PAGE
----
– After all contingencies have been removed, the final walk through is scheduled to take place within 5 days of closing escrow. This is done to be sure that all personal items of the seller have been removed (other than agreed upon items and fixtures), that the property is in “broom clean” condition, and that nothing has happened to the property since the last visit. This is not a contingency of the sale.
– All parties agree on the closing date and time. You will meet with your escrow officer to sign all closing documents (loan documents, escrow documents, etc.) and funds for the final down payment and buyer’s closing costs are wired into the escrow account. Once loan documents are signed, the lender will fund the loan within 24-48 hours. After the loan is funded the title company will record the deed and confirm recording within 24 hours. Upon confirmation of recording, ownership is transferred and escrow is officially closed and keys can be delivered. NOTE: In some cases, possession of the property can take place after close of escrow and is sometimes negotiated between buyer and seller.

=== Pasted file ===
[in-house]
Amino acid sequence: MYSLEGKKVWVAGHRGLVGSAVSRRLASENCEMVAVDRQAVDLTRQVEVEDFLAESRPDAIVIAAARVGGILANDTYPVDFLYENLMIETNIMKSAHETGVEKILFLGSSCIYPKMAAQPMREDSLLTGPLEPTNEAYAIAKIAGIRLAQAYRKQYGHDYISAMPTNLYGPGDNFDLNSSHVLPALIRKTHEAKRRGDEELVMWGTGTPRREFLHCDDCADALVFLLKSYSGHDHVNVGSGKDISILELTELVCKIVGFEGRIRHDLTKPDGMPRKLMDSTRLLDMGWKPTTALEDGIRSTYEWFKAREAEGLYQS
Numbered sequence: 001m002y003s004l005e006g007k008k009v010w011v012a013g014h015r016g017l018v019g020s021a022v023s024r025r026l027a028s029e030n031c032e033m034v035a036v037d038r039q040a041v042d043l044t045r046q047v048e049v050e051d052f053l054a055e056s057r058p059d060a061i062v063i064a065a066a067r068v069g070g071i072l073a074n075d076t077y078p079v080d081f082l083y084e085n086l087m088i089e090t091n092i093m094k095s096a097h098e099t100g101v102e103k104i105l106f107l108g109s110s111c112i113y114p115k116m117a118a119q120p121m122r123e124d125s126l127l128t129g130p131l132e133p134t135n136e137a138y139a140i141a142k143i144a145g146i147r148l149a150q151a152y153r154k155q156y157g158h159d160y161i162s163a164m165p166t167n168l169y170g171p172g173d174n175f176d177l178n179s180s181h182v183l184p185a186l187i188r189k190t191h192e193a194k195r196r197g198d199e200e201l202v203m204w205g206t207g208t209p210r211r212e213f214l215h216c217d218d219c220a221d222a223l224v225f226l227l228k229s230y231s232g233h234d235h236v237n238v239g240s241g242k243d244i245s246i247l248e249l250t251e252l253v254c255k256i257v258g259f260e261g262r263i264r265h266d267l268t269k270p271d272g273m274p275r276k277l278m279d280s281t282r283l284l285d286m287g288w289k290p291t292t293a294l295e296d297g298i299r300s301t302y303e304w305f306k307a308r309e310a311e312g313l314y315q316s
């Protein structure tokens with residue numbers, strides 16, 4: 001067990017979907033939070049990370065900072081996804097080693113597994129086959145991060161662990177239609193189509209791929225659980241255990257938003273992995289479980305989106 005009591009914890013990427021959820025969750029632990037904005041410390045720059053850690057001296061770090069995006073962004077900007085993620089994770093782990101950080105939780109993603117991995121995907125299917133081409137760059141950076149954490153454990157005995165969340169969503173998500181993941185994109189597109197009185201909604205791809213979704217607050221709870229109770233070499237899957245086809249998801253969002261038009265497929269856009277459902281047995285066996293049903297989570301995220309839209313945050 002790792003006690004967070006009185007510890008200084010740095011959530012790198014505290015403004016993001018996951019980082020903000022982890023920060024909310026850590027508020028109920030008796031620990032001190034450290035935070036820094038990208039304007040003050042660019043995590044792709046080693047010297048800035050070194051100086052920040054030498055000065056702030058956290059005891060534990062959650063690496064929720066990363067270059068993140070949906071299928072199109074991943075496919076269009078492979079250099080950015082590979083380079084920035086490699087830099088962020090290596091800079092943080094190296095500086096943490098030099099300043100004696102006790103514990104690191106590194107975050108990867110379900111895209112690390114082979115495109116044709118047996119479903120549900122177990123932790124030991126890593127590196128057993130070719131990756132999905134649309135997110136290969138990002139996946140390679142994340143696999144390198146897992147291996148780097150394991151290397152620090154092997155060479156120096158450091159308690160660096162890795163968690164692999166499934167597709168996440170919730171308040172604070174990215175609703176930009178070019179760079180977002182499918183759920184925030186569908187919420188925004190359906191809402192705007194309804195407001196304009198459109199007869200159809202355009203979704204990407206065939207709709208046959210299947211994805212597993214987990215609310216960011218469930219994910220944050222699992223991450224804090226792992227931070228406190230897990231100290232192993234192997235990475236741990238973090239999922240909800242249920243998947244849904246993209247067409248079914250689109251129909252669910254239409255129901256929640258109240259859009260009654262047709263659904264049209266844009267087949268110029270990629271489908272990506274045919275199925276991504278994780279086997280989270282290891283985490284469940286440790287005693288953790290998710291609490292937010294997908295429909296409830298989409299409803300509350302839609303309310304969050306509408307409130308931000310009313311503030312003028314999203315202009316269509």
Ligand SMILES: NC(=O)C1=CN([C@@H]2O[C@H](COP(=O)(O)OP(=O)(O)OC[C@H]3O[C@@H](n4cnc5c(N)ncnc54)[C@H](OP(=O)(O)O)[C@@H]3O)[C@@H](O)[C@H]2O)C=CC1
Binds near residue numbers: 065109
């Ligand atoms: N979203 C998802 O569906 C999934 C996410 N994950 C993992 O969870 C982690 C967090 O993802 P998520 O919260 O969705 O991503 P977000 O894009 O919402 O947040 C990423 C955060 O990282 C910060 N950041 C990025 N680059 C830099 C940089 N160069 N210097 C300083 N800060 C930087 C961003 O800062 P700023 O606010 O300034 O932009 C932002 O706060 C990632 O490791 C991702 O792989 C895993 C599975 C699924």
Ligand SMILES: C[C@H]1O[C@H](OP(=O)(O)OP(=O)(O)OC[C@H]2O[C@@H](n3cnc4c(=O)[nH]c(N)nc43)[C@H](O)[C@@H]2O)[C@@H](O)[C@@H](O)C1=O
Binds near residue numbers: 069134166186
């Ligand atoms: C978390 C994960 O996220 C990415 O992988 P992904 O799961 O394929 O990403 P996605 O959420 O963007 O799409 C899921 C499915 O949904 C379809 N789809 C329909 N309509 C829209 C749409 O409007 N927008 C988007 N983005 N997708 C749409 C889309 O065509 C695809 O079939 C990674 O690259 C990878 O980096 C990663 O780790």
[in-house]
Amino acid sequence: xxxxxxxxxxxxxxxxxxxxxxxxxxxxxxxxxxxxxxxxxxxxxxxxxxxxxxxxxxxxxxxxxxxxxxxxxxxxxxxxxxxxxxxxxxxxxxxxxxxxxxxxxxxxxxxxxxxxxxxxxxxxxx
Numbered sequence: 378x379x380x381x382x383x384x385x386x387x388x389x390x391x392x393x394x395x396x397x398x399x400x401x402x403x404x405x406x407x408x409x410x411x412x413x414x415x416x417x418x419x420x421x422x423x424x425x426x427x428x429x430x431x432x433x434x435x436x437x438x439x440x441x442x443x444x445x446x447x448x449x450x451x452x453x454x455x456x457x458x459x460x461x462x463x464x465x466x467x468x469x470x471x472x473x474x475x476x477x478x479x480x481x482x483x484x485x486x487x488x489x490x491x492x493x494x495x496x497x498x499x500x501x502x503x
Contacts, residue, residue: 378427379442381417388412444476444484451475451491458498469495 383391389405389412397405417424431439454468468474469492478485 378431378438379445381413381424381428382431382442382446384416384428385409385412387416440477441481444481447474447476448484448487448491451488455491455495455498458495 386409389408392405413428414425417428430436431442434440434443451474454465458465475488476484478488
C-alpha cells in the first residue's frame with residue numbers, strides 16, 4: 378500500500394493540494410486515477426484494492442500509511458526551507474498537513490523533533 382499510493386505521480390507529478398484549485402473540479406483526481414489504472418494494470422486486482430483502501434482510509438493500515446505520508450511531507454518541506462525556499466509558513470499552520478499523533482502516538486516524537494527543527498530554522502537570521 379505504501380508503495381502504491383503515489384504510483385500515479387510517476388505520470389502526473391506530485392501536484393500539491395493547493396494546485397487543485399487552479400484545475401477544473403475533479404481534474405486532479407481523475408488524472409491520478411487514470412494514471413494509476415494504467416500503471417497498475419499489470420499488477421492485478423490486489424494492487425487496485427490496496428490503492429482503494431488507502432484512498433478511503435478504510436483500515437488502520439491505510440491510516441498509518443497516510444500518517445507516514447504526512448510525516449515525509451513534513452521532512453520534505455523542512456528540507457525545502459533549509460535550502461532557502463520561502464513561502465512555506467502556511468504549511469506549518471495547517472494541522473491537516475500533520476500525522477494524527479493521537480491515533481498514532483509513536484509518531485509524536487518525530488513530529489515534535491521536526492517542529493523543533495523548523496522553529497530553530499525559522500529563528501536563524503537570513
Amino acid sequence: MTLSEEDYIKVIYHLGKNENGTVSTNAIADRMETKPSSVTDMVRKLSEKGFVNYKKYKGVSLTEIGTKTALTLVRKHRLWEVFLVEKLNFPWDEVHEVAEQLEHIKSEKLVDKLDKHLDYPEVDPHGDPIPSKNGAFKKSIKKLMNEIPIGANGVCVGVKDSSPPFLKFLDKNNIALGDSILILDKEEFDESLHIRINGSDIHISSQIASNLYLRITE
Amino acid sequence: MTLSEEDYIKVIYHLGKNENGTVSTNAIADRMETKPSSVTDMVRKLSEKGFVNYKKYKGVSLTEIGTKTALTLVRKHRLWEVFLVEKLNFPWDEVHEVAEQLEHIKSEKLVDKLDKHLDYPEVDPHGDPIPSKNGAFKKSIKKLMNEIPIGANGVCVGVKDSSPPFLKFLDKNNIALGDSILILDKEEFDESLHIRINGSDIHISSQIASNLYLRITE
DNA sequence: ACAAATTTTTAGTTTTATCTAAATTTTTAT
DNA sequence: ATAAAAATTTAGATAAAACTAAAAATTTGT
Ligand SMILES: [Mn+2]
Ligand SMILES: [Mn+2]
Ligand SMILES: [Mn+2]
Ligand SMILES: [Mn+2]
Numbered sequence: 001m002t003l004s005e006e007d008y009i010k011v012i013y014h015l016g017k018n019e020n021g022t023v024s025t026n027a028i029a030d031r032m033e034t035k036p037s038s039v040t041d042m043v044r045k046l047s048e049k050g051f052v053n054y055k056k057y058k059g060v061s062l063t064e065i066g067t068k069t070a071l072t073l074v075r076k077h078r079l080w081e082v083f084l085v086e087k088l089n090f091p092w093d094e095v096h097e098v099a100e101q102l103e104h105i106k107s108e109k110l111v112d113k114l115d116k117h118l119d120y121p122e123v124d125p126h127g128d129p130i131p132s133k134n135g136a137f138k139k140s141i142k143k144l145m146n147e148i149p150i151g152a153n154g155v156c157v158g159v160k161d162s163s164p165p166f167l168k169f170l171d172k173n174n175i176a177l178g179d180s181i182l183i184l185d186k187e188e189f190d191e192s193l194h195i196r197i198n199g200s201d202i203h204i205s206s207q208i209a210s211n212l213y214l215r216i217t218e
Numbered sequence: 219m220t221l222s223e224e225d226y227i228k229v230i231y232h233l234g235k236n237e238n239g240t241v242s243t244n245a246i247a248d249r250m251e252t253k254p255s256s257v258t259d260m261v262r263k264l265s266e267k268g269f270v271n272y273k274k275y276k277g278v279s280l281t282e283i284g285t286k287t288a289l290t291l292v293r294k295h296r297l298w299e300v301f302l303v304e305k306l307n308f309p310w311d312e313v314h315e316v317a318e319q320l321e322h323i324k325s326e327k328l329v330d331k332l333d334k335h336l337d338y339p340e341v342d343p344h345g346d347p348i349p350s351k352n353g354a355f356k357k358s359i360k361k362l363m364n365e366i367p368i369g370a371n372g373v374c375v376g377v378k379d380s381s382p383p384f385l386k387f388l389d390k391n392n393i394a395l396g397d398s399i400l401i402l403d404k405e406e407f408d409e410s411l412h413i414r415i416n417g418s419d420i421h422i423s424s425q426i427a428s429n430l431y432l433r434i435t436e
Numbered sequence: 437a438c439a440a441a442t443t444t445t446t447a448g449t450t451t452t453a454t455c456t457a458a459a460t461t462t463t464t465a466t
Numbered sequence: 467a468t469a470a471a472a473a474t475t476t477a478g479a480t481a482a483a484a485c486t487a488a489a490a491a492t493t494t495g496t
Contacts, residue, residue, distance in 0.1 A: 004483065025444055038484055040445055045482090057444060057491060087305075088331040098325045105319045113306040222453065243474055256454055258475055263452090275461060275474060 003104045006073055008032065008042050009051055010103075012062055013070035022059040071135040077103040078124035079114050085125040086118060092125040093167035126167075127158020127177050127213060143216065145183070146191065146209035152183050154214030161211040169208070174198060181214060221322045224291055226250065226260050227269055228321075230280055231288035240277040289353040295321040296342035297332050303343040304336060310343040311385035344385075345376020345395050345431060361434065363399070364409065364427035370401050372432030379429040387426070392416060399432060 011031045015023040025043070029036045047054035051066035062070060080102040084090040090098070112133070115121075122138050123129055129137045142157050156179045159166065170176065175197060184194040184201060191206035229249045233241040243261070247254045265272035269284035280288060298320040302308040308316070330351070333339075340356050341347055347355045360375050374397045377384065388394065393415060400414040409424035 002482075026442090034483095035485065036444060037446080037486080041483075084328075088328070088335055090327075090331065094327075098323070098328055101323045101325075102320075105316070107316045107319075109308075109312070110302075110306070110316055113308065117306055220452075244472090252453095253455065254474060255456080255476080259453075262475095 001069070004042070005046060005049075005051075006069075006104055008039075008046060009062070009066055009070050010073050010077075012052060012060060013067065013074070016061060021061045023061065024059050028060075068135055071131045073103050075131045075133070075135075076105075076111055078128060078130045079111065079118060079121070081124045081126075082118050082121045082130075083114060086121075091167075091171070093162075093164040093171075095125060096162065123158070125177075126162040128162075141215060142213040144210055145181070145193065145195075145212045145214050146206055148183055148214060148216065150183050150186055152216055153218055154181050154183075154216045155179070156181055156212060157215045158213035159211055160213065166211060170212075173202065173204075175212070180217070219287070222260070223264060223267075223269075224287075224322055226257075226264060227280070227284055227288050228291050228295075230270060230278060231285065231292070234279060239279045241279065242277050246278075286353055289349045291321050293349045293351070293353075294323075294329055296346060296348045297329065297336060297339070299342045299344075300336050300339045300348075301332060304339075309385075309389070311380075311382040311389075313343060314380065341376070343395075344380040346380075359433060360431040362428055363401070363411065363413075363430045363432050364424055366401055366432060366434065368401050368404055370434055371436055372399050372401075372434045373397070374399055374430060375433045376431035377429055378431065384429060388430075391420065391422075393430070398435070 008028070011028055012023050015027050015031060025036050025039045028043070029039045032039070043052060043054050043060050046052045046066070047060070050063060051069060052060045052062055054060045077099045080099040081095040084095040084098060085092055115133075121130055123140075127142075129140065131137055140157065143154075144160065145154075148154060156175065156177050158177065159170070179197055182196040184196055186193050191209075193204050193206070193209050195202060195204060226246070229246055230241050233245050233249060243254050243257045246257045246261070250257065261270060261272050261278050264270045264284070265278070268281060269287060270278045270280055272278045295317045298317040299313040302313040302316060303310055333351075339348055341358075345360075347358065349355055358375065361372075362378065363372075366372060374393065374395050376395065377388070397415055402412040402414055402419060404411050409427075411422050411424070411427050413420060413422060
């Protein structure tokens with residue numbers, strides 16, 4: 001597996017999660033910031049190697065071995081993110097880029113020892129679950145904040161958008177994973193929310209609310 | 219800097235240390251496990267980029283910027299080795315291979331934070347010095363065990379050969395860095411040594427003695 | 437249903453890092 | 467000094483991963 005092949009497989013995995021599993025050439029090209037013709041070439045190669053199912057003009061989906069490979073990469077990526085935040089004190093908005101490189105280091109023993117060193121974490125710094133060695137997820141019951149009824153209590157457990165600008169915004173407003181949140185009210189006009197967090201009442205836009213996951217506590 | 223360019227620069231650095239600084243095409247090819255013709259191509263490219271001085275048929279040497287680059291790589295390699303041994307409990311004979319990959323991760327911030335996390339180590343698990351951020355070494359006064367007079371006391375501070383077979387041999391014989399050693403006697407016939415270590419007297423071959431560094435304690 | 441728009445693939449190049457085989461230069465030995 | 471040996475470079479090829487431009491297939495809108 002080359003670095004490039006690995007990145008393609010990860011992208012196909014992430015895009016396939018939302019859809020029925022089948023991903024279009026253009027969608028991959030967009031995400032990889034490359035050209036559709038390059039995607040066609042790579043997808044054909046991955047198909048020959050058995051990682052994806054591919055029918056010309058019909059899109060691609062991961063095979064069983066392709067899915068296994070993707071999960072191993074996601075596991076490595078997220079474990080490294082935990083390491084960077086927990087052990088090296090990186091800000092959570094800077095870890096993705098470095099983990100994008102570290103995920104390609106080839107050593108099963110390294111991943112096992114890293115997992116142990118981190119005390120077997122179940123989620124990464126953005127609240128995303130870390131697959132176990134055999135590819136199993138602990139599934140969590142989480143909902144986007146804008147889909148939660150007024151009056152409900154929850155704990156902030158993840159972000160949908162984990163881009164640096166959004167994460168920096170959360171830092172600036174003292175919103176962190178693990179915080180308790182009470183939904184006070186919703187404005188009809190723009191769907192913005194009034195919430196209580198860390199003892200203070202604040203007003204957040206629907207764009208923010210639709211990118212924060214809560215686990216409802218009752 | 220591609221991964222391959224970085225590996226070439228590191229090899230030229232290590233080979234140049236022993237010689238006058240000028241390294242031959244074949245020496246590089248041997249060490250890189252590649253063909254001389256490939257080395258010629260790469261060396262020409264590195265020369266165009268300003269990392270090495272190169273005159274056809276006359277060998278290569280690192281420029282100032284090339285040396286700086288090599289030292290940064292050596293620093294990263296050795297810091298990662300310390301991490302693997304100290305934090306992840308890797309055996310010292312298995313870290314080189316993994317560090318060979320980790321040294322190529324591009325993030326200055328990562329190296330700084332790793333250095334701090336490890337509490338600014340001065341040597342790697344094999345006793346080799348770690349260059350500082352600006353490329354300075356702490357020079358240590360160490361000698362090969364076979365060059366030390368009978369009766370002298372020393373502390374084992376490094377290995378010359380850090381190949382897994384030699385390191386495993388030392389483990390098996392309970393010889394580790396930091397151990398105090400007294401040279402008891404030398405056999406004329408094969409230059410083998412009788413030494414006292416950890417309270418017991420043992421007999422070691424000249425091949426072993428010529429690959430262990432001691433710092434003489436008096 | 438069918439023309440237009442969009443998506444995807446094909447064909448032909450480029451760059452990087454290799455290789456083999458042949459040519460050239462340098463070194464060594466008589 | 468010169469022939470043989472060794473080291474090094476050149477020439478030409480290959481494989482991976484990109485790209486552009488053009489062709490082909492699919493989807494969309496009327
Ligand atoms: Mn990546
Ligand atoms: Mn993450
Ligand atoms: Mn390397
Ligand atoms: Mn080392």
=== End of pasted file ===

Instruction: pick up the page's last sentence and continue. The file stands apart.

Congratulations on the purchase of your home!
There are always variations and it will depend on your specific situation, but this should give you a good idea on the process of purchasing a home. If you can keep the big picture in mind while knowing what steps lie ahead, it will help you keep your sanity and better ensure a positive experience.
If you have any further questions or would like a free buyer consultation and receive a list of homes that meet your exact requirements, please fill out the information below and we will get back in touch with you immediately.